/ Modified jan 13, 2021 6:30 p.m.

Pima County readies COVID-19 vaccine expansion

The county is preparing four additional vaccine sites.

360 UMC vaccine Dr. Christian Bime, medical director of the ICU at Banner - UMC Tucson, receives a dose of the COVID-19 vaccine on Dec. 17, 2020.
Tony DiRusso/AZPM Staff

Pima County plans to vaccinate approximately 700,000 residents against COVID-19 before the end of June.

Since the end of December, Pima County has been in Phase 1A which allows health care workers to be first in line for the COVID-19 vaccine. The county plans to move to Phase 1B on Friday, Jan 15.

Phase 1B will allow educators, including staff, at area schools, the University of Arizona, and Pima Community College to receive the vaccine. Protective workers, like law enforcement officers, and essential workers will also be eligible to get the vaccine as will people over the age of 75.

“Among those three groups we hit 150,000 people,” said Dr. Theresa Cullen, Pima County Health Director.

Despite their ambitious plan, county officials say it is not all up to them.

“The crux of what the main issue is here, not just in Pima County, not just in the state of Arizona but across the country. It is a huge problem on the supply side. It is a problem however that we have very limited control over. And we can either wait for that problem to resolve and then develop a plan or develop a plan now and hopefully provide compelling evidence both to the feds and to the state that we should be the first ones in the line to receive that vaccination when it starts being released,” said Dr. Francisco Garcia, Pima County Chief Medical Officer.

Pima County is supposed to get 12,000 doses of the COVID-19 vaccine every week for the next three weeks. That number could change, however, depending on the availability of the vaccine. It is that uncertainty that has caused Pima County to refrain from opening Phase 1B up to people over 65 as the federal government has recommended.

“The reason for that is we look at our mortality and our hospitalization data and we have a clear demarcation at 75 and up. Not to say that 65 to 75 don’t suffer from this disease and have mortality associated with it but our highest mortality and our highest hospitalization is in that 75 and up group,” said Cullen.

Pima County plans to open up four additional mass vaccination sites in the coming days, bringing the total in the county to six.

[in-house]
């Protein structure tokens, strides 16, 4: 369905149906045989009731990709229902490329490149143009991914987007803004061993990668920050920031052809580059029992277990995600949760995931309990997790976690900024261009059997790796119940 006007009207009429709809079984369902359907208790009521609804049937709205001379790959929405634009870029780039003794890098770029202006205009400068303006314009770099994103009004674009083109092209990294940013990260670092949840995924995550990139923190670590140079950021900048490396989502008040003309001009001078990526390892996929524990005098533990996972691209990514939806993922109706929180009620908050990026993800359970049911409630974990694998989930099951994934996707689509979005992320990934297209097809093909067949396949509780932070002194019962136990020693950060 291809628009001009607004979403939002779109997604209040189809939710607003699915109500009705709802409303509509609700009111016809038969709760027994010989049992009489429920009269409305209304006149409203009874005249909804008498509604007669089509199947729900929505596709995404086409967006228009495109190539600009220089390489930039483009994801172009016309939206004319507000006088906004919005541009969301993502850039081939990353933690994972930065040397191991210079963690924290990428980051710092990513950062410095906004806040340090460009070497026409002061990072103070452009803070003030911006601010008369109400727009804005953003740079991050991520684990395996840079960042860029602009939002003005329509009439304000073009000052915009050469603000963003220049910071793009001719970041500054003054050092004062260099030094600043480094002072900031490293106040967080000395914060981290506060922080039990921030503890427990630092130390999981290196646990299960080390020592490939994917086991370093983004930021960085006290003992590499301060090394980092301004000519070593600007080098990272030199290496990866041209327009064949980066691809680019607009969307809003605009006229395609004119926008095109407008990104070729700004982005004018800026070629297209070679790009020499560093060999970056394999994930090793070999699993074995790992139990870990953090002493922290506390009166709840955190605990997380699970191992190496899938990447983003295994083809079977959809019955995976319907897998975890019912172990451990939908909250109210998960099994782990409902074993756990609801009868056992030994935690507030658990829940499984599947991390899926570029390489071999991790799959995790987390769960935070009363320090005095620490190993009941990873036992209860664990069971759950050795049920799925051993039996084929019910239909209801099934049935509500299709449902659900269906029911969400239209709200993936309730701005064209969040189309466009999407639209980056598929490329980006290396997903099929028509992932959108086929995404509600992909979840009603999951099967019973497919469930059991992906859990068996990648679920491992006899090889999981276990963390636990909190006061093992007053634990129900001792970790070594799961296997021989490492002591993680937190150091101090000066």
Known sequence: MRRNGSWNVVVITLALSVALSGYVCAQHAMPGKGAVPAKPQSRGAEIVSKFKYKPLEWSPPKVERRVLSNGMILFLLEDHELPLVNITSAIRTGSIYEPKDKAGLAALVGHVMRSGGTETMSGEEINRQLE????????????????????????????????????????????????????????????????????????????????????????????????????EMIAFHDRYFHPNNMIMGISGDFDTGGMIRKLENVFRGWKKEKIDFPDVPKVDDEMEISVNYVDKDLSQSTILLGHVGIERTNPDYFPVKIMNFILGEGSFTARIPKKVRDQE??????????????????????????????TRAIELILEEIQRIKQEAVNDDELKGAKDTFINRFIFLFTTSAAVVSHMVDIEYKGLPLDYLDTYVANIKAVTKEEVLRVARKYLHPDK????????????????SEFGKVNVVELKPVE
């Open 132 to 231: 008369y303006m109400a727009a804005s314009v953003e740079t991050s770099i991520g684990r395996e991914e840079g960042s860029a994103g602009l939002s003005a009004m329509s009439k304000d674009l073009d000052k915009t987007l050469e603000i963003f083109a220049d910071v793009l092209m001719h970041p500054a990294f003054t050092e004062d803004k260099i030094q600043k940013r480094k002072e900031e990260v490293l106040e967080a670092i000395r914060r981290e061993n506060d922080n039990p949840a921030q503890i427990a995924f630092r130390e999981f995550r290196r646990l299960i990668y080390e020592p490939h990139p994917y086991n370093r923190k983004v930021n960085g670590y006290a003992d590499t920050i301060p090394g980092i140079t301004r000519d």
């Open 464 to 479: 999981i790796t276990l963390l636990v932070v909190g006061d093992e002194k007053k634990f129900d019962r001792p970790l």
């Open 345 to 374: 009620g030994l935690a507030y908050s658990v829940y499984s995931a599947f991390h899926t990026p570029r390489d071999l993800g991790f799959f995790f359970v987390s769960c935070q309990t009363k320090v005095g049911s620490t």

This week Governor Doug Ducey trumpeted the opening of a mass vaccination facility at State Farm Stadium in Glendale. That facility is open 24 hours a day and can handle up to 4,800 people each day. Cullen said despite that, there is no reason for people to go north to get the vaccine.

“We will have more than that capacity available in the county when we open up the rest of our points of distribution,” she said.

As part of Phase 1B, the county is also looking at getting vaccinations into the jail.

“We know that about a third of the detainee population has substantial, chronic medical issues that places them at increased risk. At this point we are in conversation with them (the Pima County Sheriff’s Department) to how best and how quickly to cover that population,” said Garcia.

As of Wednesday, Pima County had given about 30,000 first doses of the vaccine and close to 6,000 second doses. That means that about 3% of the county has started the vaccination process.

Scientists say herd immunity will occur when 70% of the population has been fully vaccinated.

Pima County is one of the top in the state when it comes to vaccine distribution by population. But officials say they can do better.

None of us are happy with what we’ve done, and the point of this immunization acceleration plan is to get us to at least be able to say we have the capacity to do the delivery. In terms of getting the vaccine itself, there is probably not a day that does go by that we’re not talking with the state saying ‘hey, we’re down here in Pima County. Please make sure we’ve got an adequate supply and now, oh by the way you can’t come to us and say you don’t have the distribution capacity to do it’ because we have the infrastructure now,” said Cullen.

County officials did not say when they hope to move to Phase 1C and beyond

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